The World Economic Forum has just released its annual Global Gender Gap Report and at first glance, it may appear like there is good news for India. Out of 144 countries evaluated, the 2016 report has given India an overall rank of 87 – worse than Bangladesh but still a significant improvement from being ranked 98th in the report of 2006.

But this overall progress in bridging gender disparities is no cause for celebration. In the same report, India has come in the bottom three countries on the specific index of women’s health and survival, with a rank of 142 out of 144. For a whole decade, India has remained the world’s least-improved country when it comes to bridging the gap between men’s and women’s health.

The World Economic Forum introduced the global gender gap index 11 years ago to measure gender inequalities in education, health, economy and politics. By ranking countries on these four key indicators, the annual reports aim to create benchmarks and generate global awareness on gender equality.

Collectively, in this year’s report, countries around the world have shown an overall improvement in bridging the gender gaps in health and education. The gaps in economic participation and political empowerment, meanwhile, remain wide. India’s position, however, changes dramatically from one index to another – the country has fared extremely well in closing the gender gap in education enrolment, while simultaneously failing so miserably at improving women’s health and economic participation.

Here is a closer look at the different indices covered in the global gender gap report, and how India has fared in each category:

Health and survival

This covers a country’s sex ratio and female healthy life expectancy.

According to this year’s report, 38 countries around the world have managed to successfully close the gender gap on these indicators, but India, Armenia and China have fared the lowest.

India’s poor performance here is largely due to its sex ratio of just 943 females to 1,000 males. On this sub-index, India ranks 142nd.

In comparison, the country ranks 71st in healthy life expectancy of females. Indian women are also married at a younger age compared with Indian men – while 74% of Indian women are married before the age of 25, just 35% of men are married by that age.


This covers female literacy and enrolment in educational institutions.

Globally, gender gaps in education have narrowed down tremendously, with very small gaps in primary and secondary education and almost complete parity in tertiary education. While women and men emerge from tertiary education with similar skills and knowledge, there is a rather wide global gender gap of 47% in the STEM subjects – science, technology, engineering and mathematics – with more men taking up these fields than women.

Under education, India ranks 124th on female literacy rate, with 63% women and 81% men literate. Ahead of India in on this sub-index are countries like Sri Lanka, Botswana and the Maldives. This is despite India having no gender gap in enrolment in primary and secondary education, and just a 2 percentage point gap in enrolment in tertiary education.


This covers participation of women in the workforce, wage gaps and the ratio of women in senior work positions.

The world in general is not doing too well on this index: globally, 54% of working-age women take part in the formal economy, as compared to 81% of men. In India, just 28% of females participate in the formal workforce, in comparison to 82% of males. On this sub-index, India’s rank is 135.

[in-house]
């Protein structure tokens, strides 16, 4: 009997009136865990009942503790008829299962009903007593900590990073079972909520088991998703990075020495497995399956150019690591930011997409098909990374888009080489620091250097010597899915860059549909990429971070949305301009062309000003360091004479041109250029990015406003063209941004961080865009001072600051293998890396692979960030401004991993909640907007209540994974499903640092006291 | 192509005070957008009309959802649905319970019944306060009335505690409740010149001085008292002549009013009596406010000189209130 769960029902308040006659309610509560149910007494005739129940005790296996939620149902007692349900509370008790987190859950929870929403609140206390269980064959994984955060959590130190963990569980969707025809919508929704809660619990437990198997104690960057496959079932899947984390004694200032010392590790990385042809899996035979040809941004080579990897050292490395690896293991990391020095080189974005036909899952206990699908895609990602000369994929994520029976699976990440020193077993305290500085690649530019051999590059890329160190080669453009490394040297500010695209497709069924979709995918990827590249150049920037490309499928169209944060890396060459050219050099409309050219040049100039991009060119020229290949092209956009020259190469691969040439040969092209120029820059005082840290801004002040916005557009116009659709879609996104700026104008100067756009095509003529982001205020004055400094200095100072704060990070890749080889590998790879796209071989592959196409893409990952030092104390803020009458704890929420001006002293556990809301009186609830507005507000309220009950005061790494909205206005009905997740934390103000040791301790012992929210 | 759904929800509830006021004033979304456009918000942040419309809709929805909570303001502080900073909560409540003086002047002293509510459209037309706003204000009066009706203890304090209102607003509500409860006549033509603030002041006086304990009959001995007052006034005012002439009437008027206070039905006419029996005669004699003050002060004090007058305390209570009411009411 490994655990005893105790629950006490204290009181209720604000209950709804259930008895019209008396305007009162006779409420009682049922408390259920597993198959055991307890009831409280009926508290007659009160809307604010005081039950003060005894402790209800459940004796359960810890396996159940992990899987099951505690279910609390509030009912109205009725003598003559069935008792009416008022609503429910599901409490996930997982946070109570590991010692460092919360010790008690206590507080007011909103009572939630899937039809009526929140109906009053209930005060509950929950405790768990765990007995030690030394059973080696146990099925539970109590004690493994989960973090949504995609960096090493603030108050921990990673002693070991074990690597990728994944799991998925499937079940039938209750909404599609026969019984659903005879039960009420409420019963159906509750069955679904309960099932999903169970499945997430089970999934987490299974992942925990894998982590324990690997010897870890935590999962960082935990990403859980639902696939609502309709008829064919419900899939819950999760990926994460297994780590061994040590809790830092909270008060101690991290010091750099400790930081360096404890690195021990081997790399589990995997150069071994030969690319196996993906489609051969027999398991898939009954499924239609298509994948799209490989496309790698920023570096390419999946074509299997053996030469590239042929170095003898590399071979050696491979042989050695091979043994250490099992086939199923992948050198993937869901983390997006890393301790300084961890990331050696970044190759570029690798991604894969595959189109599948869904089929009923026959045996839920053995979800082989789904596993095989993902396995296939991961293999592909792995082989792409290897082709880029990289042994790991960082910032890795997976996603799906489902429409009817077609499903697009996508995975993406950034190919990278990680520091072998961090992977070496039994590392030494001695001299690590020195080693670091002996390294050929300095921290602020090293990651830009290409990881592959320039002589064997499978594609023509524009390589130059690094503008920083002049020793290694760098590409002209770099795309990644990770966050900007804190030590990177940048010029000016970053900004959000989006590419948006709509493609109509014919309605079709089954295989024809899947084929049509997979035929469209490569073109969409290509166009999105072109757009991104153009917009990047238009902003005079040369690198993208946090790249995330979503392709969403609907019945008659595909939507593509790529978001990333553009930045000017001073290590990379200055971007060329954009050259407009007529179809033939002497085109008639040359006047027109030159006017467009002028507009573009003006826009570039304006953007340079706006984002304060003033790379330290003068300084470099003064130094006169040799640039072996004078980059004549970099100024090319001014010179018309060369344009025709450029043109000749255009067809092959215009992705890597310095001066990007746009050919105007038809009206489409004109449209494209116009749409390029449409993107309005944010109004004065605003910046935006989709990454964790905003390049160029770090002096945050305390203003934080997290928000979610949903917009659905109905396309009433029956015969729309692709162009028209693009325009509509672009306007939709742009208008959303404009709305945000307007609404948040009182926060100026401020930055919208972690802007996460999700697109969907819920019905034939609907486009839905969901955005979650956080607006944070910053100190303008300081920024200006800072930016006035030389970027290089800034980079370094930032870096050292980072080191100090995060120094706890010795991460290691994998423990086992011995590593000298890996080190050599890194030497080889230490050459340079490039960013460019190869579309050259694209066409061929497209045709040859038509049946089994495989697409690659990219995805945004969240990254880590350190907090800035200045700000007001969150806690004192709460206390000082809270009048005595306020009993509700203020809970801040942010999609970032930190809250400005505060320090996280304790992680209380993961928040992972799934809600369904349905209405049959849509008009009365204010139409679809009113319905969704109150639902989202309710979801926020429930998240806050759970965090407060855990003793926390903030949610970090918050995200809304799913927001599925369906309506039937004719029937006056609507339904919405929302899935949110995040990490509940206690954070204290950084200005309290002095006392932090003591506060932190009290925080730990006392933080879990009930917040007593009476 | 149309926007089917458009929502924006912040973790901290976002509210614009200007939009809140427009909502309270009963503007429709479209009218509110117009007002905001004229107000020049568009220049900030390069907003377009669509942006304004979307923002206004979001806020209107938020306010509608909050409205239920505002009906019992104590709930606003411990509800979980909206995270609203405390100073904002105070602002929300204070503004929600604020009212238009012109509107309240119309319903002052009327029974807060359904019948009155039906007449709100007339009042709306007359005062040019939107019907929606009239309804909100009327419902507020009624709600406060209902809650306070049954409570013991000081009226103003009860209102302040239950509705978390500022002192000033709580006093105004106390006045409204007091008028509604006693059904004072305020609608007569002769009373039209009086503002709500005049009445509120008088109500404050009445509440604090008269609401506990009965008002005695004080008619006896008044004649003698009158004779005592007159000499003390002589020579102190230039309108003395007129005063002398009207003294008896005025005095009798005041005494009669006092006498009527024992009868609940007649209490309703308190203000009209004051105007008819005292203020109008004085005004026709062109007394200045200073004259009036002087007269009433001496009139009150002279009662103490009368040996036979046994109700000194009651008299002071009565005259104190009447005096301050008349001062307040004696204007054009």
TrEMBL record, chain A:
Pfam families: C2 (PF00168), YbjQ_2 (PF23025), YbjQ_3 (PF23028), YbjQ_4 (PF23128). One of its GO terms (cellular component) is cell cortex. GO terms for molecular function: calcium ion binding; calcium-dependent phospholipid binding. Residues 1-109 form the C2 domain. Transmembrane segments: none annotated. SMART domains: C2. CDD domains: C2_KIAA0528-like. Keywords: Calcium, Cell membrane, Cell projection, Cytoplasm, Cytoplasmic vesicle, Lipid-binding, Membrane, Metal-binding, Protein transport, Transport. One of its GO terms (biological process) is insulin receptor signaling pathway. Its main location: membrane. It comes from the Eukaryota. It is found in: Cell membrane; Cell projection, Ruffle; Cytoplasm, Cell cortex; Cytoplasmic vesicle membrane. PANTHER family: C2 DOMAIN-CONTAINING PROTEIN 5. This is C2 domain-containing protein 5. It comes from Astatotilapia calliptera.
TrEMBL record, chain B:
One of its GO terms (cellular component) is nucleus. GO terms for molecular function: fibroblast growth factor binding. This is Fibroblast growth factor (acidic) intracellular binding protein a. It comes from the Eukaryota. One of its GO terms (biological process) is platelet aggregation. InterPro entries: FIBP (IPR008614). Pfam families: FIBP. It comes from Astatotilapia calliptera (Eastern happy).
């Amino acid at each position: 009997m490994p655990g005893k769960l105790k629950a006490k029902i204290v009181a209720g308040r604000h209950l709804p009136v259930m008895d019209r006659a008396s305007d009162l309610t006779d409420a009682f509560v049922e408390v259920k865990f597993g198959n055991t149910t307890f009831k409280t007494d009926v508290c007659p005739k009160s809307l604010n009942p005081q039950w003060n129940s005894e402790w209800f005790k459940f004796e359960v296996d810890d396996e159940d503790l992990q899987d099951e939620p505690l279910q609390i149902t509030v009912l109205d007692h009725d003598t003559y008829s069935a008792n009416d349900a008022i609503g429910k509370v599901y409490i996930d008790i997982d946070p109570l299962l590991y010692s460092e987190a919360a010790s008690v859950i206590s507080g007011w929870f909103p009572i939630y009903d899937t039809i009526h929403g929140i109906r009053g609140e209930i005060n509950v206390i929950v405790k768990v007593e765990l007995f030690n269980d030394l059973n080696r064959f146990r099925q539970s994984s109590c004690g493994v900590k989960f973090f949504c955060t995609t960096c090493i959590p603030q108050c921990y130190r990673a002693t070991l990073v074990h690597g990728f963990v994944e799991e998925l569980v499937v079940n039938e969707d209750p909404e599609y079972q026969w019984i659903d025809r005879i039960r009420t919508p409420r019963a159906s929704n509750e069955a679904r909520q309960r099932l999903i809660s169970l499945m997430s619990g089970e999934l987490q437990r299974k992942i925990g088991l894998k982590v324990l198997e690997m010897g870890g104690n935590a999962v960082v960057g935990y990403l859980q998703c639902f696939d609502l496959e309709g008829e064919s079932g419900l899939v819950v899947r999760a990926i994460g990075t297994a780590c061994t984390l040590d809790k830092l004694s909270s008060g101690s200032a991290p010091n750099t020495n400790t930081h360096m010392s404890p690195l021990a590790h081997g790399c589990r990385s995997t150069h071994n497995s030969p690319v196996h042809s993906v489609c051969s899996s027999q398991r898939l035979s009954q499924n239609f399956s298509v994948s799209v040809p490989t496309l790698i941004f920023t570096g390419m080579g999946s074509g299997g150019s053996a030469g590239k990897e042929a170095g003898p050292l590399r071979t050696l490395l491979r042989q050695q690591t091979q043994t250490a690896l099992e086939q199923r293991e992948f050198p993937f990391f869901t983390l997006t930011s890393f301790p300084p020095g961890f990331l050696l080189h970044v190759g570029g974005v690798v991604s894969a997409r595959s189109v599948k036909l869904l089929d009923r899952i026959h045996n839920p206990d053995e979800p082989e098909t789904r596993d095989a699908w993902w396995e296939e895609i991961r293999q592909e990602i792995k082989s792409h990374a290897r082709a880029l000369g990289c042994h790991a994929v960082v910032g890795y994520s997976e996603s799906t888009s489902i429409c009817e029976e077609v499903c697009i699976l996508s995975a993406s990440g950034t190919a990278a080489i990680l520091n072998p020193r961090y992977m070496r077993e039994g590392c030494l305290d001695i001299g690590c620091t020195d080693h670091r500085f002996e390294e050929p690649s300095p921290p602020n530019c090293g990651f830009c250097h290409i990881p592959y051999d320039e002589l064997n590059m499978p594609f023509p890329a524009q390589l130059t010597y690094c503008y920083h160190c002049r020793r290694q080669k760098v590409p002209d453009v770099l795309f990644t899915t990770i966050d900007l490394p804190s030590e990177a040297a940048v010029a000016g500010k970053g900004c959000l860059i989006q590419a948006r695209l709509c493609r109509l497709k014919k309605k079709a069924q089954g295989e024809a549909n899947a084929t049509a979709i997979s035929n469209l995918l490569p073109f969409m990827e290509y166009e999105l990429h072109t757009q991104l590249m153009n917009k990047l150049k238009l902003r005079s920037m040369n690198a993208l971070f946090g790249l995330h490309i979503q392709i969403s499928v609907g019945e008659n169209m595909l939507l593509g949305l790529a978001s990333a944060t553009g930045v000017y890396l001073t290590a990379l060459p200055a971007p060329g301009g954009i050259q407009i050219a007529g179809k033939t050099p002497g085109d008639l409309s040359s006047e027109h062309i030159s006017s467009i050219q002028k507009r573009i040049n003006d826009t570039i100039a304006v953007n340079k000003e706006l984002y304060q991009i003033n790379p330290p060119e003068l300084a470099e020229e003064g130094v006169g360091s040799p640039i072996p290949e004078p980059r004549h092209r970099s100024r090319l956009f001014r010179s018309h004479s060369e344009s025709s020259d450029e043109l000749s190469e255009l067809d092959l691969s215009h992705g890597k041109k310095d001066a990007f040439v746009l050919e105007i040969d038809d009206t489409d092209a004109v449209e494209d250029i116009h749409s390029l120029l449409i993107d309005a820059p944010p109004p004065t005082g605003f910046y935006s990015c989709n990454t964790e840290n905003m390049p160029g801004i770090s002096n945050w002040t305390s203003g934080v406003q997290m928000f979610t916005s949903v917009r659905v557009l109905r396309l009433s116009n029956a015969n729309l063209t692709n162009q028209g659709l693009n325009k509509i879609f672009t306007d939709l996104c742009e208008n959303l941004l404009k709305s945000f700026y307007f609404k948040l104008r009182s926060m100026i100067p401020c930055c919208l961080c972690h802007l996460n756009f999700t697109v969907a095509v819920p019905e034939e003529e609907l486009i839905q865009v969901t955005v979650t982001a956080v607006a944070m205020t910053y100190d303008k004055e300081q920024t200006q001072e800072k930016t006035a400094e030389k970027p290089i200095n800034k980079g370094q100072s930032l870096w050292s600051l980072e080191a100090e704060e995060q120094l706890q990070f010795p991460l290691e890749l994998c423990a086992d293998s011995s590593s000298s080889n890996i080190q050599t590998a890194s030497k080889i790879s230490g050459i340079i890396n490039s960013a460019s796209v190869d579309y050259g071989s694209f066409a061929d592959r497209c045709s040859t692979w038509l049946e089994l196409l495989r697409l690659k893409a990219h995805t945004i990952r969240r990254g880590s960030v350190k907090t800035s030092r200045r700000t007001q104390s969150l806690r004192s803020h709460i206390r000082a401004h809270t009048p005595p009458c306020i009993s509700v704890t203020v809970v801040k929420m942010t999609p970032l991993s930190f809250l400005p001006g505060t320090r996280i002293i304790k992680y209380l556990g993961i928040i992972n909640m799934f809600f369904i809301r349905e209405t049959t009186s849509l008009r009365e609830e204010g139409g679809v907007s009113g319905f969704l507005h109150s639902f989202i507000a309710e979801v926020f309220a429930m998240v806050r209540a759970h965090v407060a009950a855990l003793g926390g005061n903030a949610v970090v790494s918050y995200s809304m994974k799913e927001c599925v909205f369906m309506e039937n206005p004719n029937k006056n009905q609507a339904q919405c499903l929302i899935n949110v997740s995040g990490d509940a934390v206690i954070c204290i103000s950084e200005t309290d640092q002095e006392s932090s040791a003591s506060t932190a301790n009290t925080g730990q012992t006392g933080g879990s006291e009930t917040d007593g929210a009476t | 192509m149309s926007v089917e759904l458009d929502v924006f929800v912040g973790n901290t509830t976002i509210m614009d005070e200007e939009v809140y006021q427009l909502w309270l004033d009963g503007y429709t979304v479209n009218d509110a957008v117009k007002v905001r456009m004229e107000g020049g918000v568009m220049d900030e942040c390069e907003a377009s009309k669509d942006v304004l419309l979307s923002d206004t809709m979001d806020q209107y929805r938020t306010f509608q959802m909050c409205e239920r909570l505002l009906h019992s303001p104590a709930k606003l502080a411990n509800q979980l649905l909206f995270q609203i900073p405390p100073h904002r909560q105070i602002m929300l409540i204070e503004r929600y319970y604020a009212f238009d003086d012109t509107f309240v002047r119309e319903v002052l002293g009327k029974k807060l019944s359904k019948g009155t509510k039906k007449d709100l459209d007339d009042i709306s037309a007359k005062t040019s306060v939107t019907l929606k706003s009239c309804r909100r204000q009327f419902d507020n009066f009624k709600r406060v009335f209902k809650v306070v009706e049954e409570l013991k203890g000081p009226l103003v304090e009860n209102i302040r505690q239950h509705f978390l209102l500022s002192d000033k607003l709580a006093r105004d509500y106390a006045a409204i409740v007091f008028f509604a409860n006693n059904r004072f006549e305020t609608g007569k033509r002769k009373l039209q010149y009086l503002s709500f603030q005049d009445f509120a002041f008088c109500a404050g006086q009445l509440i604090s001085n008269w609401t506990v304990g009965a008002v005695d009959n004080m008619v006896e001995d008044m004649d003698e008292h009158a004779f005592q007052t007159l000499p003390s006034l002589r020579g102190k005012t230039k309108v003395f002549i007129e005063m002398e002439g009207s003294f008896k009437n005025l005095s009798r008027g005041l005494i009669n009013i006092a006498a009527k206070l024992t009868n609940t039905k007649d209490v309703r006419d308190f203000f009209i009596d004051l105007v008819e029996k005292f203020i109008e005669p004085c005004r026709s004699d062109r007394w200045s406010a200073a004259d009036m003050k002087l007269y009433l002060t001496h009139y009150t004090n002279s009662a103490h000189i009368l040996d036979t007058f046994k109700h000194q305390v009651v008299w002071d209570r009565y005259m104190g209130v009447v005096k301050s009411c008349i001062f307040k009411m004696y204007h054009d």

On wage equality, India ranks 103rd – worse than Nepal, Iran, Bhutan, Yemen, Uganda and dozens of other countries. The report notes that Indian law does not actually mandate wage equality for men and women.

Another sub-index explored in the report is unpaid work. Men, on an average, do just 34% of the unpaid work that women do across the world. “Research shows that this imbalance starts early, with girls spending 30% more of their time on unpaid work than boys,” the report says. Even in general, combining both paid and unpaid work, women put in 50 minutes more of work time each day than men.

Indian women work for an average of 537 minutes per day, as compared to 442 minutes a day put in by men. While women do 66% of unpaid work in a day, while men do just 12%. Financial independence, too, is lower for Indian women. While 62% of Indian men have some kind of bank account, the figure is just 43% for women.

The appointment of women to senior positions at work is also a reflection of the gender gap being bridged. Globally, the average female representation on boards of companies is just 14%. For India, the figure is even lower – women constitute just 10% of the boards of publicly traded companies.


This covers the presence of women as heads of state as well as in ministerial or parliamentary positions.

The majority of countries evaluated in the report have never had a female head of state. In comparison, India has had two female heads of state – Prime Minister Indira Gandhi and Present Pratibha Patil – whose terms jointly add up to 21 years of being ruled by women. On this sub-index, India’s rank is 2nd, after Bangladesh.

But on the participation of women in Parliament, India lags behind Bangladesh, Pakistan, Syria, Egypt, and more than a hundred other countries, with a rank of 112. In comparison, India ranks 50th on the presence of women in ministerial positions, with 22% of Indian ministers being women. Finland fares the best in this category, with women forming 63% of their ministers.

On the whole, the Global Gender Gap Report paints a grim portrait of the world, indicating that progress on overall gender equality is actually slowing down.